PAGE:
For a long time, no. Nothing was gained, only lost: time, a boyfriend. A perfectly good tent.
Trying to kill myself did lead me to a kind of freedom, but not freedom from life, or suffering: those notions are not real.
My freedom was the realisation that, if I have decided to die, if I have even semi-seriously considered killing myself, then from that point on my life is my own.
“Why shouldn’t I go through another day?”
I can unhook myself from the societal sausage machine and pursue health, wealth and happiness on my own terms, because what’s the worst that can happen? It can’t be worse than death. Suddenly no shame, no stigma, no pressure, no comparison with others, no humiliation, no failure, exists. Why shouldn’t I take antidepressants? Why shouldn’t I go through another day?
The problem is that this freedom is only accessible if you corporeally survive.
So, don’t kill yourself! Things may be shit, and you will definitely think you’re being totally objective about it, but you aren’t, trust me. And whatever our mythology has led you to believe, you’ve got nothing to gain by ending it now. Do something else instead. If you don’t like coffee, have tea. Hey look, it’s not even you asking that question – coffee or death? – it’s depression. And when’s he ever made you happy?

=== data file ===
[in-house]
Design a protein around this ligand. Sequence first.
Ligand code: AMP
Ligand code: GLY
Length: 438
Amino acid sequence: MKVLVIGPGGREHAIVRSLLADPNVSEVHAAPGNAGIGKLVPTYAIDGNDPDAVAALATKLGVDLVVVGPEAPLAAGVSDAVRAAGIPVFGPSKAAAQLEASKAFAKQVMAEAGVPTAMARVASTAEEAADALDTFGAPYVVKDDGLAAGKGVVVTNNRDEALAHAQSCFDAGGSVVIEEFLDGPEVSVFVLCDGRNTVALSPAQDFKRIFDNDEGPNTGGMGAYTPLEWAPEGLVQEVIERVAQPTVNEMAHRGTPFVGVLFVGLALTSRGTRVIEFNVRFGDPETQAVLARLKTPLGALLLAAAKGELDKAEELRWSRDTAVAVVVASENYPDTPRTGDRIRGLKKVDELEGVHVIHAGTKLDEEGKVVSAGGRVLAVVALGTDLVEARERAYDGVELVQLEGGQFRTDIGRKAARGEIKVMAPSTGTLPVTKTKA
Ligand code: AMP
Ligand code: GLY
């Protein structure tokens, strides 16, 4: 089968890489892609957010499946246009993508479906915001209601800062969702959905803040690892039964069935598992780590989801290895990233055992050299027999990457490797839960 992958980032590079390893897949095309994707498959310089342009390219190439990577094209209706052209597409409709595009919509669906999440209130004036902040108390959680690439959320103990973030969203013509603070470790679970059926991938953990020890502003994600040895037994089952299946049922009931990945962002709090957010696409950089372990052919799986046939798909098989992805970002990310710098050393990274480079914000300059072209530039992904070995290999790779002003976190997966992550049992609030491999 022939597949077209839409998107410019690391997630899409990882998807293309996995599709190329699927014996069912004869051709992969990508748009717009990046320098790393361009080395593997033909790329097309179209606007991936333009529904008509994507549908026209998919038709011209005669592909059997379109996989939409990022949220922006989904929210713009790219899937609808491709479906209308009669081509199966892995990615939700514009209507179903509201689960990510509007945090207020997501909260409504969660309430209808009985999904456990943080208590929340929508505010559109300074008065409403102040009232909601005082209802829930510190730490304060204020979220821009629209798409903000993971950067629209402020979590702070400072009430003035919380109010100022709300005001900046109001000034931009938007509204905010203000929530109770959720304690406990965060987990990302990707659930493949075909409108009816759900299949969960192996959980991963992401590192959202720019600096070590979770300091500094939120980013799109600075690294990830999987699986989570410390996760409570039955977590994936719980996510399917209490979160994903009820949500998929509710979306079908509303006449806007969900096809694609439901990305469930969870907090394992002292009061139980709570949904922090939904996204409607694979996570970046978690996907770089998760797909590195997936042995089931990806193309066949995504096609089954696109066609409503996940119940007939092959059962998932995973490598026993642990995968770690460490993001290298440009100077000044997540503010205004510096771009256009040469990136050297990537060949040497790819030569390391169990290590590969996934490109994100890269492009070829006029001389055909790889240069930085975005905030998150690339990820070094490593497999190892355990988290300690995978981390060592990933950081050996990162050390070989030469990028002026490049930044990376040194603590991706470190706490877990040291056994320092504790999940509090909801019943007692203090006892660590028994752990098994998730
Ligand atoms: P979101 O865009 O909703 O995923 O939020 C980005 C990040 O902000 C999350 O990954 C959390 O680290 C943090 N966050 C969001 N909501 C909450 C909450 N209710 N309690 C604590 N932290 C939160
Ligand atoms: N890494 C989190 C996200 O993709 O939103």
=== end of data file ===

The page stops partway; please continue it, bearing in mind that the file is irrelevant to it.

Different things help different people. These are the things that helped me: mirtazapine, cycling, lovers, pets, a great GP and a great CPN (community psychiatric nurse). A quiet home but a good party now and then. Forgiving myself. Allowing bad, better, and okay days, without panic about their implications. (Though to be honest, it was mostly the mirtazapine for me – that’s right, Daily Mail, I’m ‘hooked on antidepressants’ and you’ll never get them off me!)
My depression is going to come back; it’s the nature of my brain. And when it does I may not see the upside for quite a while – that’s the nature of depression. But don’t believe the hype. In my experience, life with a mental illness gets better, not worse, as you get older. Life gets better.
Image from: http://www.listal.com/viewimage6087027